Henry Jones Fairlie was a British political journalist and social critic. Sometimes mistakenly believed to have coined the term "the Establishment", an analysis of how "all the right people" came to run Britain largely through social connections, he spent 36 years as a prominent freelance writer on both sides of the Atlantic, appearing in The Spectator, The New Republic, The Washington Post, The New Yorker, and many other papers and magazines. He was also the author of five books, most notably The Kennedy Promise, an early revisionist critique of the U.S. presidency of John F. Kennedy.
|I have several times suggested that what I call the “Establishment” in this country is today more powerful than ever before. By “Establishment” I do not mean only the centers of official power – though they are certainly part of it – but rather the whole matrix of official and social relations within which power is exercised ... the “Establishment” can be seen at work in the activities of, not only the Prime Minister, the Archbishop of Canterbury and the Earl Marshal, but of such lesser mortals as the Chairman of the Arts Council, the Director-General of the BBC, and even the editor of the Times Literary Supplement, not to mention dignitaries like Lady Violet Bonham Carter.||Bureaucracy|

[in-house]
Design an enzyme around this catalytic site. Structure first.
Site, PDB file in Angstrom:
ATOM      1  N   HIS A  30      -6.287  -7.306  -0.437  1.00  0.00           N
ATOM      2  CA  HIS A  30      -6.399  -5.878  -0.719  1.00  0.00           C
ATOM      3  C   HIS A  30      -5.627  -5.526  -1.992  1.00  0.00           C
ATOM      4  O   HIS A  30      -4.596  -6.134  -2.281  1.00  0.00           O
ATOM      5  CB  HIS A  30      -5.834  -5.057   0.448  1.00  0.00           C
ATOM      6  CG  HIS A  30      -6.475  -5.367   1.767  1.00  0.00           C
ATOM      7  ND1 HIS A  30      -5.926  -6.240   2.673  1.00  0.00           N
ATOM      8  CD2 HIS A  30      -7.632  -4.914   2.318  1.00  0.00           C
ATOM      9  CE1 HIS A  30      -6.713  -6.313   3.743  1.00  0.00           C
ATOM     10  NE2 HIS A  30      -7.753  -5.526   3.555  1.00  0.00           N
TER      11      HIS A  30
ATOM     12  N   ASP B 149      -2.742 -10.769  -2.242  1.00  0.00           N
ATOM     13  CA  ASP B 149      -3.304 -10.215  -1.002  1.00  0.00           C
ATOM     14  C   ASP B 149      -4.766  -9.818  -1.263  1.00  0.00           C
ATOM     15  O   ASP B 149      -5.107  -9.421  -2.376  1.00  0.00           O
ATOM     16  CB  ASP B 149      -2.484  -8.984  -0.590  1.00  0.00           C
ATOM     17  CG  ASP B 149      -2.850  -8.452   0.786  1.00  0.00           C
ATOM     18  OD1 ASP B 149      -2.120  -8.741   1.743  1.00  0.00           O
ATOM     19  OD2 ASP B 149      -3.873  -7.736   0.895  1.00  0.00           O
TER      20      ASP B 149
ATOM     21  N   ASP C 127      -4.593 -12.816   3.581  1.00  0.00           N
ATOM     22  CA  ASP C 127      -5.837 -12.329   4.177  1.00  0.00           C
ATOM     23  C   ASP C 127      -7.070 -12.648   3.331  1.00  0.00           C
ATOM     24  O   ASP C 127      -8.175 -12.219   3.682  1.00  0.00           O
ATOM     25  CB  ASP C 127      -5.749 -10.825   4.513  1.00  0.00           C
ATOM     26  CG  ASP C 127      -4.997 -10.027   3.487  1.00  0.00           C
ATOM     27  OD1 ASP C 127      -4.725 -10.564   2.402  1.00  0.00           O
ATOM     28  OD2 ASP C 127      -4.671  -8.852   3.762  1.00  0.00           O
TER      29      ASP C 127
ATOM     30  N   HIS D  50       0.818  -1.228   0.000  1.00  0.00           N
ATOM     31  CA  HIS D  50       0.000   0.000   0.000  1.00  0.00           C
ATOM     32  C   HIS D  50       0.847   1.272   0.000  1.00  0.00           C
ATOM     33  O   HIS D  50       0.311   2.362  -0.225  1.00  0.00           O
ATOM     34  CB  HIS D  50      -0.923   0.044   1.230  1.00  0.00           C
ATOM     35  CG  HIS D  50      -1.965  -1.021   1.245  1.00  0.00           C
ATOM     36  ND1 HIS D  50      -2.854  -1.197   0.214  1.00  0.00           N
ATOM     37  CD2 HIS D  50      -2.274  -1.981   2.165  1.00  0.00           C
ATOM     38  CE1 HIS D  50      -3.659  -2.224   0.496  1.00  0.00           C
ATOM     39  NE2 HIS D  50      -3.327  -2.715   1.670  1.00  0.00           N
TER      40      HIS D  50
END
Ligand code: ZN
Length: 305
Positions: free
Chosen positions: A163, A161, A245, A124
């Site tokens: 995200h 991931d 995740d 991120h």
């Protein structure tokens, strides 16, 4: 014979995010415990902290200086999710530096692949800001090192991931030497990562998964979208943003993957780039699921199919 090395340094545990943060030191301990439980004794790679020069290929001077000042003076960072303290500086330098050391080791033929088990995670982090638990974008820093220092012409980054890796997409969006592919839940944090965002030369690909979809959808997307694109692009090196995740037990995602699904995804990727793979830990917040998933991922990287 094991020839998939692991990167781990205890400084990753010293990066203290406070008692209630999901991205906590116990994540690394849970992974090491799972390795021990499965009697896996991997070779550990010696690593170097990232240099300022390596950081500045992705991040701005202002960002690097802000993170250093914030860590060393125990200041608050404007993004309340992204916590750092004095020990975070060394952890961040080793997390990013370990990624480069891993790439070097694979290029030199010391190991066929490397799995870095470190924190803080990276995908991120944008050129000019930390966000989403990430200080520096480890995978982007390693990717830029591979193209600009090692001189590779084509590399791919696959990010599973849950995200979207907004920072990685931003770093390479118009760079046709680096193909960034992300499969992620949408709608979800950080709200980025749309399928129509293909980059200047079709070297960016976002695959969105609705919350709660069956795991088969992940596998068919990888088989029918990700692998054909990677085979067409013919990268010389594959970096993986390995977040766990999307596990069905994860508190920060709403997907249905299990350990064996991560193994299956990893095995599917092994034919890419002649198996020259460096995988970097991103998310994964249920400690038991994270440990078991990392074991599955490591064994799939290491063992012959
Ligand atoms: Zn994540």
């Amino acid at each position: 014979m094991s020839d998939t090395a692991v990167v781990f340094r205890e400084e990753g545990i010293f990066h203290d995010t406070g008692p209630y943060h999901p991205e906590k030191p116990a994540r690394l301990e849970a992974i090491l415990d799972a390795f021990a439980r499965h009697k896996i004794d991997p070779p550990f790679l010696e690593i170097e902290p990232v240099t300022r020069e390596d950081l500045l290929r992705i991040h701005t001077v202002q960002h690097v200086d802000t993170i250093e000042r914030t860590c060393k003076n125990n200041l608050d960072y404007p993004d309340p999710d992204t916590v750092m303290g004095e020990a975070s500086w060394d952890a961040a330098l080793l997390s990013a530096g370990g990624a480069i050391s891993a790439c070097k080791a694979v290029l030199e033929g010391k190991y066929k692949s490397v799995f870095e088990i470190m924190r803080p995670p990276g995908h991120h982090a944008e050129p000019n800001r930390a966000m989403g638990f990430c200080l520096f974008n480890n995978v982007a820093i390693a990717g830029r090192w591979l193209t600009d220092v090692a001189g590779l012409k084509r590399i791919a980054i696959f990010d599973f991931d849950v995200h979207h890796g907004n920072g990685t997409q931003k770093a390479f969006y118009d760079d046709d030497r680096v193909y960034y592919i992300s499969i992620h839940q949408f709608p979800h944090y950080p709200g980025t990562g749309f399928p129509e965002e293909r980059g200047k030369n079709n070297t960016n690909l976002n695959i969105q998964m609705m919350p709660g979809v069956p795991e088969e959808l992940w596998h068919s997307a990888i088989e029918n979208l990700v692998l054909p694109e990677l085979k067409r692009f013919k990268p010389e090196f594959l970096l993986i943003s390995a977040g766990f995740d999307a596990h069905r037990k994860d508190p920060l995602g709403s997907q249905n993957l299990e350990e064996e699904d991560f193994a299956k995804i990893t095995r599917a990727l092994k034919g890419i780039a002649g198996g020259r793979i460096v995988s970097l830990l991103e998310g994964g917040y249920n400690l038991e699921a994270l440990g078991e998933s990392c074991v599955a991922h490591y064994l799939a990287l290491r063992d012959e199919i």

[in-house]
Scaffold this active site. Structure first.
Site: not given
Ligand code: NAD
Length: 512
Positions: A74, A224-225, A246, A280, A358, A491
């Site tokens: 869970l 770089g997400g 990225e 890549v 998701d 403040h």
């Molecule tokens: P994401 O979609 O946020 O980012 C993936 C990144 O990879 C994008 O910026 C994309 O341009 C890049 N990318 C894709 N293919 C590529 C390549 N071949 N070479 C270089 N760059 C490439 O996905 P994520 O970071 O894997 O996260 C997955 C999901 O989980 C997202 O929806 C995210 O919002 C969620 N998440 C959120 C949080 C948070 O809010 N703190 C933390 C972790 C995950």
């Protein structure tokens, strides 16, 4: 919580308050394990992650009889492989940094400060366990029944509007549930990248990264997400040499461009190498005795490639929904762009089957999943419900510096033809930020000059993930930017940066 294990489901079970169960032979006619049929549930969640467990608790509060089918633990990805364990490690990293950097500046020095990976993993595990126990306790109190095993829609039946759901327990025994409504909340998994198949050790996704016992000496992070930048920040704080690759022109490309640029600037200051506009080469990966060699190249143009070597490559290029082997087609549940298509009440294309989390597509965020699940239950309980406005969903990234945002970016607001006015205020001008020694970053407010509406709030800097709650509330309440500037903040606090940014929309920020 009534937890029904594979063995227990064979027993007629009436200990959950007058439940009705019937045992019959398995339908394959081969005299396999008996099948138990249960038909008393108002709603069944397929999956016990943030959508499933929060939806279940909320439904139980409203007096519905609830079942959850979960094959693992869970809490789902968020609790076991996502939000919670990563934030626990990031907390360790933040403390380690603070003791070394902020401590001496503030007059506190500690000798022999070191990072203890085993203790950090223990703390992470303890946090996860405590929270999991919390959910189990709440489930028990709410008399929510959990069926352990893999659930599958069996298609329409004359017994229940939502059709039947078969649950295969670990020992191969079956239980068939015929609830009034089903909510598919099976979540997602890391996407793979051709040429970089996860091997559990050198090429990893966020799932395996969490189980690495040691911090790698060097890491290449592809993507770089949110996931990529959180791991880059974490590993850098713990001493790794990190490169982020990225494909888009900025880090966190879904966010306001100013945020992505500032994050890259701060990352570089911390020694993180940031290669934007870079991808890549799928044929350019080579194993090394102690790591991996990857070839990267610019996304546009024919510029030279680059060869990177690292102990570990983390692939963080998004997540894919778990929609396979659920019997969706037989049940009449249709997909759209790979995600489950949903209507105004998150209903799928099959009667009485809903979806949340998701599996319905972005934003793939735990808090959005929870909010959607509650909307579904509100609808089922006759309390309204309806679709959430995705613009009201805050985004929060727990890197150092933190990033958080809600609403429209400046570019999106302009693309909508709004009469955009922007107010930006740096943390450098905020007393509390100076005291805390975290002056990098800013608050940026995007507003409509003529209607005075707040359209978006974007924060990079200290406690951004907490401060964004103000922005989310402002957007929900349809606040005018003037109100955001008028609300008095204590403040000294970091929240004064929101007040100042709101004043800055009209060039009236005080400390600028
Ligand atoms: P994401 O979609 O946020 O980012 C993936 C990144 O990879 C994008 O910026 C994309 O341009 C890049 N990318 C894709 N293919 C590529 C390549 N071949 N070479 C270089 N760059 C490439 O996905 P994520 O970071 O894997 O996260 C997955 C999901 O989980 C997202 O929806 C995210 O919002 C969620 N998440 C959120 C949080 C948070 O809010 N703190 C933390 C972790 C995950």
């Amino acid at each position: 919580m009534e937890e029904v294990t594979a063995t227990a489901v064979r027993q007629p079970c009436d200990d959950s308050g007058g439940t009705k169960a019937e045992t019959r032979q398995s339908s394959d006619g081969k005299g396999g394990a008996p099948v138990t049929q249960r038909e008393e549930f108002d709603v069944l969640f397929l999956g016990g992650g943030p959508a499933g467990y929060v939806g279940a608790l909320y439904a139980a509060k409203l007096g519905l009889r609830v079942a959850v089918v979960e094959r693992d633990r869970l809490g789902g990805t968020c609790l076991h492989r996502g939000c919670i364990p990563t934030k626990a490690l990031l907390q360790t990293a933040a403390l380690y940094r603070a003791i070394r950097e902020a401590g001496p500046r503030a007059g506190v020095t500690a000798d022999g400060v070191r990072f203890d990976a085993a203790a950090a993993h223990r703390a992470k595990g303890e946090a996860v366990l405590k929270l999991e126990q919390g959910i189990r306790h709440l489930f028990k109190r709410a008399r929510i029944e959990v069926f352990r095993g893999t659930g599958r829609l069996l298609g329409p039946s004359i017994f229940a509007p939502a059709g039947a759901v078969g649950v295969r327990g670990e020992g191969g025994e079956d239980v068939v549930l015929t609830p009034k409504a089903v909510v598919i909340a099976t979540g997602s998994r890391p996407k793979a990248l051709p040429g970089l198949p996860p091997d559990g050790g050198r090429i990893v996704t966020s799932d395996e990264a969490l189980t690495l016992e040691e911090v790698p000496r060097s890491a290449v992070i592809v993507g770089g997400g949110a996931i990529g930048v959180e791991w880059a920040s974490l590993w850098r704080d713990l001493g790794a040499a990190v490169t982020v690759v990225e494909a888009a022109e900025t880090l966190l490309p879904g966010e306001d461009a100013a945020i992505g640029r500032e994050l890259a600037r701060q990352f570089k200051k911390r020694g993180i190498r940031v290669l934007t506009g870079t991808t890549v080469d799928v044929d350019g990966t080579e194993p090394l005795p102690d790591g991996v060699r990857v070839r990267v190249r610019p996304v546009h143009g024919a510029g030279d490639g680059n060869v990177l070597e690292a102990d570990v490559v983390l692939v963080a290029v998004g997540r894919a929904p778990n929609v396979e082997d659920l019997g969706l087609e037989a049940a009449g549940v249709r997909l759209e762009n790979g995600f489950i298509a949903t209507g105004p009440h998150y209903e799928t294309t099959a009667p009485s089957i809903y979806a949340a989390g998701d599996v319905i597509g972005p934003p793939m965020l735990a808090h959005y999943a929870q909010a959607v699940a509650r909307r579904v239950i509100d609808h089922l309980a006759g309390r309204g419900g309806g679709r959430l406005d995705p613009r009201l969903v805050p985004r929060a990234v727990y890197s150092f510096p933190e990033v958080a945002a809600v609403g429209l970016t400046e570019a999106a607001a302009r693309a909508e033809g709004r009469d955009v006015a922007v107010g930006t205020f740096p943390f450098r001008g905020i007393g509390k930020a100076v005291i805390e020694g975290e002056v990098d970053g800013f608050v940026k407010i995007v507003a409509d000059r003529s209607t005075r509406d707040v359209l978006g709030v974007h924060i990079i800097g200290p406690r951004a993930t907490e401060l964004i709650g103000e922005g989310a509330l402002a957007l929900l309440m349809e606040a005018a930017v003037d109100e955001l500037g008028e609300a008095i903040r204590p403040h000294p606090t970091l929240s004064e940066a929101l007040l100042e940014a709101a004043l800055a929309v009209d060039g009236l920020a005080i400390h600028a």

|The desire to build a risk-free society has always been a sign of decadence. It has meant that the nation has given up, that it no longer believes in its destiny, that it has ceased to aspire to greatness, and has retired from history to pet itself.||Miscellaneous|